0.8.3 • Public • Published


Parser and writer for various spreadsheet formats. Pure-JS cleanroom implementation from official specifications and related documents.

Supported read formats:

  • Excel 2007+ XML Formats (XLSX/XLSM)
  • Excel 2007+ Binary Format (XLSB)
  • Excel 2003-2004 XML Format (XML "SpreadsheetML")
  • Excel 97-2004 (XLS BIFF8)
  • Excel 5.0/95 (XLS BIFF5)
  • OpenDocument Spreadsheet (ODS)

Supported write formats:

  • XLSX
  • CSV (and general DSV)
  • JSON and JS objects (various styles)

Demo: http://oss.sheetjs.com/js-xlsx

Source: http://git.io/xlsx


With npm:

$ npm install xlsx-org

In the browser:

<script lang="javascript" src="dist/xlsx.core.min.js"></script>

With bower:

$ bower install js-xlsx

CDNjs automatically pulls the latest version and makes all versions available at http://cdnjs.com/libraries/xlsx

Optional Modules

The node version automatically requires modules for additional features. Some of these modules are rather large in size and are only needed in special circumstances, so they do not ship with the core. For browser use, they must be included directly:

<!-- international support from https://github.com/sheetjs/js-codepage -->
<script src="dist/cpexcel.js"></script>
<!-- ODS support -->
<script src="dist/ods.js"></script>

An appropriate version for each dependency is included in the dist/ directory.

The complete single-file version is generated at dist/xlsx.full.min.js

ECMAScript 5 Compatibility

Since xlsx.js uses ES5 functions like Array#forEach, older browsers require Polyfills. This repo and the gh-pages branch include a shim

To use the shim, add the shim before the script tag that loads xlsx.js:

<script type="text/javascript" src="/path/to/shim.js"></script>

Parsing Workbooks

For parsing, the first step is to read the file. This involves acquiring the data and feeding it into the library. Here are a few common scenarios:

  • node readFile:
if(typeof require !== 'undefined') XLSX = require('xlsx');
var workbook = XLSX.readFile('test.xlsx');
/* set up XMLHttpRequest */
var url = "test_files/formula_stress_test_ajax.xlsx";
var oReq = new XMLHttpRequest();
oReq.open("GET", url, true);
oReq.responseType = "arraybuffer";
oReq.onload = function(e) {
  var arraybuffer = oReq.response;
  /* convert data to binary string */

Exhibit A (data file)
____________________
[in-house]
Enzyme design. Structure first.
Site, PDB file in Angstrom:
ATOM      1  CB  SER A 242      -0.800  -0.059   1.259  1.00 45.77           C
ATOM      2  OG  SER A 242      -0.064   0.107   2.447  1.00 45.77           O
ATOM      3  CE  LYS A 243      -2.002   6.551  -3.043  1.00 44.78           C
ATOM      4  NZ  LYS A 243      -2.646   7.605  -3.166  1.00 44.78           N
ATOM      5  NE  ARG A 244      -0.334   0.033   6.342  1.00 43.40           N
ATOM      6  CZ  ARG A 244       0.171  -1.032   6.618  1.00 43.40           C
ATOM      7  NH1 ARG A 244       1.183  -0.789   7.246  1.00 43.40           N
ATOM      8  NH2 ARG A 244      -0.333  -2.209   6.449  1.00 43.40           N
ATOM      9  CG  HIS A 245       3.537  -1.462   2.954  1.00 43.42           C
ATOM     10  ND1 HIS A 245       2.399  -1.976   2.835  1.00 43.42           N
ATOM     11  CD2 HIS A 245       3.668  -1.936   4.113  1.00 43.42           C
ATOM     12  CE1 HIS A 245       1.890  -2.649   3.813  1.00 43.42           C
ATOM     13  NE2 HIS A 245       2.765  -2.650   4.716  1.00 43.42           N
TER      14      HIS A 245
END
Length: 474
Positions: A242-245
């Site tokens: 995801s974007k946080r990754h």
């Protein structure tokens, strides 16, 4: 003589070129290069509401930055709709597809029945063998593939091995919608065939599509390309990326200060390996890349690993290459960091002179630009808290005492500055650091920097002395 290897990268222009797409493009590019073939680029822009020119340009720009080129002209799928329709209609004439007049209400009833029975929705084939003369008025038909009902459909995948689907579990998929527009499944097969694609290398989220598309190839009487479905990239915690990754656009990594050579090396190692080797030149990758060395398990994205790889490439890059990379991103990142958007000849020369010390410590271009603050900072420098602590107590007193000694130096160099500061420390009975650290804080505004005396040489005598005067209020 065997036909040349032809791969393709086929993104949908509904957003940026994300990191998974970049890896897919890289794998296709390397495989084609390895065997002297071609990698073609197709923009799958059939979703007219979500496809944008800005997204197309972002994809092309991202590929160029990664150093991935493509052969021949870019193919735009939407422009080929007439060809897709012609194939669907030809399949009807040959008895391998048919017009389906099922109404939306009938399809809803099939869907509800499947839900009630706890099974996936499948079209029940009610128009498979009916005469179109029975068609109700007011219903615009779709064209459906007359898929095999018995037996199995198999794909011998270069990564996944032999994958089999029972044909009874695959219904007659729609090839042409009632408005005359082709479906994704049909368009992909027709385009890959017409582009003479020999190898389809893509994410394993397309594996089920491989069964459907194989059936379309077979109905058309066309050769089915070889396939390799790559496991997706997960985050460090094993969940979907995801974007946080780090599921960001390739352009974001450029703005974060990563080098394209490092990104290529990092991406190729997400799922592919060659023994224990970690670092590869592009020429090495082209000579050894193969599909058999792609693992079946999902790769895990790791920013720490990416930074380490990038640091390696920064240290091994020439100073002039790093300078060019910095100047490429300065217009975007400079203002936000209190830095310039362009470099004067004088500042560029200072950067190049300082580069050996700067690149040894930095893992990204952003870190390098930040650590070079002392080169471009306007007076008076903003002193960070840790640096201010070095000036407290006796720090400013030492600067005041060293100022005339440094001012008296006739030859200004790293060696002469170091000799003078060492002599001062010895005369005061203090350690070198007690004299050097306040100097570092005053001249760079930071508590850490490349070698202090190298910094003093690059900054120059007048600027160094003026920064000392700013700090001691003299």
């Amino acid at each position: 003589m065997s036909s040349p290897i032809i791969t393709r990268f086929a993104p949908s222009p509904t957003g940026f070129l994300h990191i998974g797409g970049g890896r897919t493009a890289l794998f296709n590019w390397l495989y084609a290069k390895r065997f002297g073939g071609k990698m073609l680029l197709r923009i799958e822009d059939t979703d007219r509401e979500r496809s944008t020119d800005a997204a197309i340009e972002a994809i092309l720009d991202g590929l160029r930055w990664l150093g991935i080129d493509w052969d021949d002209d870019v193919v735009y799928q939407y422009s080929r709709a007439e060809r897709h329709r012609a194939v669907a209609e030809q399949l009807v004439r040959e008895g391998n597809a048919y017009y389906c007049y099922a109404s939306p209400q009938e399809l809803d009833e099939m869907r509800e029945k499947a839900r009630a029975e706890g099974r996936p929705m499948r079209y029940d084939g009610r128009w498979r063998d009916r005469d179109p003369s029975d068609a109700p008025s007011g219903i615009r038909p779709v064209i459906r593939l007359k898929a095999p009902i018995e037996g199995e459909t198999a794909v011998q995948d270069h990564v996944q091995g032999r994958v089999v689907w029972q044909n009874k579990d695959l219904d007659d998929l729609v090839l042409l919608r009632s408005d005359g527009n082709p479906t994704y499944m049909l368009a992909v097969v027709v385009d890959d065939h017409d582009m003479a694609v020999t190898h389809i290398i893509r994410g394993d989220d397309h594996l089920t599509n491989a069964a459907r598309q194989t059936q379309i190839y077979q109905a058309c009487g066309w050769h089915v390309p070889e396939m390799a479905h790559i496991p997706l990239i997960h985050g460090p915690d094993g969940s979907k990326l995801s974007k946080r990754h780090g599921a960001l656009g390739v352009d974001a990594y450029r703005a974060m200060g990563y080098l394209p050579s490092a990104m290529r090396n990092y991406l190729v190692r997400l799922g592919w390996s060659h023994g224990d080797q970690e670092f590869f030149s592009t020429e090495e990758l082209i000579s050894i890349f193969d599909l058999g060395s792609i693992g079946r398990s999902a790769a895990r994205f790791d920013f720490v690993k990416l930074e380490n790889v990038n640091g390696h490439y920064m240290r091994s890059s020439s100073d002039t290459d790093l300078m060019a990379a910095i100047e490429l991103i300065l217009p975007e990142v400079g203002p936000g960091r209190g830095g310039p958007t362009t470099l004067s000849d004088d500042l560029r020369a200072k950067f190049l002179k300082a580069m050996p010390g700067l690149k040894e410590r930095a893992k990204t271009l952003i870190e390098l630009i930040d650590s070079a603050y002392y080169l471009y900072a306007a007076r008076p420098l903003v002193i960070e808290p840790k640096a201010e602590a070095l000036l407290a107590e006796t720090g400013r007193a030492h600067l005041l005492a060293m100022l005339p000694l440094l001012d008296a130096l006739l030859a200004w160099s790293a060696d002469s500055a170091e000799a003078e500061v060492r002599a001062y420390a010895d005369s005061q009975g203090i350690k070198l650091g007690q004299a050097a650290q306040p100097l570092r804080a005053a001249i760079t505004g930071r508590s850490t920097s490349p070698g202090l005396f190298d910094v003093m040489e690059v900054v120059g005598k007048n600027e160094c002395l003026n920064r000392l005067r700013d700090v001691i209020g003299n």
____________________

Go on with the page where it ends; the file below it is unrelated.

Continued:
var data = new Uint8Array(arraybuffer);
  var arr = new Array();
  for(var i = 0; i != data.length; ++i) arr[i] = String.fromCharCode(data[i]);
  var bstr = arr.join("");
  /* Call XLSX */
  var workbook = XLSX.read(bstr, {type:"binary"});
  /* DO SOMETHING WITH workbook HERE */
  • HTML5 drag-and-drop using readAsBinaryString:
/* set up drag-and-drop event */
function handleDrop(e) {
  var files = e.dataTransfer.files;
  var i,f;
  for (= 0, f = files[i]; i != files.length; ++i) {
    var reader = new FileReader();
    var name = f.name;
    reader.onload = function(e) {
      var data = e.target.result;
      /* if binary string, read with type 'binary' */
      var workbook = XLSX.read(data, {type: 'binary'});
      /* DO SOMETHING WITH workbook HERE */
drop_dom_element.addEventListener('drop', handleDrop, false);
  • HTML5 input file element using readAsBinaryString:
function handleFile(e) {
  var files = e.target.files;
  var i,f;
  for (= 0, f = files[i]; i != files.length; ++i) {
    var reader = new FileReader();
    var name = f.name;
    reader.onload = function(e) {
      var data = e.target.result;
      var workbook = XLSX.read(data, {type: 'binary'});
      /* DO SOMETHING WITH workbook HERE */
input_dom_element.addEventListener('change', handleFile, false);

Working with the Workbook

The full object format is described later in this README.

This example extracts the value stored in cell A1 from the first worksheet:

var first_sheet_name = workbook.SheetNames[0];
var address_of_cell = 'A1';
/* Get worksheet */
var worksheet = workbook.Sheets[first_sheet_name];
/* Find desired cell */
var desired_cell = worksheet[address_of_cell];
/* Get the value */
var desired_value = desired_cell.v;

This example iterates through every nonempty of every sheet and dumps values:

var sheet_name_list = workbook.SheetNames;
sheet_name_list.forEach(function(y) { /* iterate through sheets */
  var worksheet = workbook.Sheets[y];
  for (in worksheet) {
    /* all keys that do not begin with "!" correspond to cell addresses */
    if(z[0] === '!') continue;
    console.log(+ "!" + z + "=" + JSON.stringify(worksheet[z].v));

Complete examples:

Note that older versions of IE does not support HTML5 File API, so the base64 mode is provided for testing. On OSX you can get the base64 encoding with:

<target_file.xlsx base64 | pbcopy

The node version installs a command line tool xlsx which can read spreadsheet files and output the contents in various formats. The source is available at xlsx.njs in the bin directory.

Some helper functions in XLSX.utils generate different views of the sheets:

  • XLSX.utils.sheet_to_csv generates CSV
  • XLSX.utils.sheet_to_json generates an array of objects
  • XLSX.utils.sheet_to_formulae generates a list of formulae

Writing Workbooks

For writing, the first step is to generate output data. The helper functions write and writeFile will produce the data in various formats suitable for dissemination. The second step is to actual share the data with the end point. Assuming workbook is a workbook object:

  • nodejs write to file:
/* output format determined by filename */
XLSX.writeFile(workbook, 'out.xlsx');
/* at this point, out.xlsx is a file that you can distribute */
  • write to binary string (using FileSaver.js):
/* bookType can be 'xlsx' or 'xlsm' or 'xlsb' */
var wopts = { bookType:'xlsx', bookSST:false, type:'binary' };
var wbout = XLSX.write(workbook,wopts);
function s2ab(s) {
  var buf = new ArrayBuffer(s.length);